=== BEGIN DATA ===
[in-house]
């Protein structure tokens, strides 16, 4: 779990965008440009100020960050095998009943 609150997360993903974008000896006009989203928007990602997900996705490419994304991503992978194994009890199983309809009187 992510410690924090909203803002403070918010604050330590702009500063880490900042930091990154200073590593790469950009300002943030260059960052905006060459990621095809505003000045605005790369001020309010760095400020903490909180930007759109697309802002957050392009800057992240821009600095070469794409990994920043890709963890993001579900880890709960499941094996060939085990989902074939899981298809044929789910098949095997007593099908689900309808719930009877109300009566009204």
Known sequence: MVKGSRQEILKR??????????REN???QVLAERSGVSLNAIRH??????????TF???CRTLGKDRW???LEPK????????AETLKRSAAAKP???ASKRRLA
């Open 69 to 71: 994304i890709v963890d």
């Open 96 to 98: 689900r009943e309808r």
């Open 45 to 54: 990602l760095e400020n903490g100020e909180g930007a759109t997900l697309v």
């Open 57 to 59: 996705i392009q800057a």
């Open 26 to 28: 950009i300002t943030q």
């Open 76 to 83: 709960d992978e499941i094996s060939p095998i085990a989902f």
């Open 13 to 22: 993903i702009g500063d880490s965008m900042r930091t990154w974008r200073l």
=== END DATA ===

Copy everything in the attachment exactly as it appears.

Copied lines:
[in-house]
């Protein structure tokens, strides 16, 4: 779990965008440009100020960050095998009943 609150997360993903974008000896006009989203928007990602997900996705490419994304991503992978194994009890199983309809009187 992510410690924090909203803002403070918010604050330590702009500063880490900042930091990154200073590593790469950009300002943030260059960052905006060459990621095809505003000045605005790369001020309010760095400020903490909180930007759109697309802002957050392009800057992240821009600095070469794409990994920043890709963890993001579900880890709960499941094996060939085990989902074939899981298809044929789910098949095997007593099908689900309808719930009877109300009566009204």
Known sequence: MVKGSRQEILKR??????????REN???QVLAERSGVSLNAIRH??????????TF???CRTLGKDRW???LEPK????????AETLKRSAAAKP???ASKRRLA
């Open 69 to 71: 994304i890709v963890d």
């Open 96 to 98: 689900r009943e309808r």
């Open 45 to 54: 990602l760095e400020n903490g100020e909180g930007a759109t997900l697309v």
């Open 57 to 59: 996705i392009q800057a």
């Open 26 to 28: 950009i300002t943030q």
């Open 76 to 83: 709960d992978e499941i094996s060939p095998i085990a989902f």
């Open 13 to 22: 993903i702009g500063d880490s965008m900042r930091t990154w974008r200073l």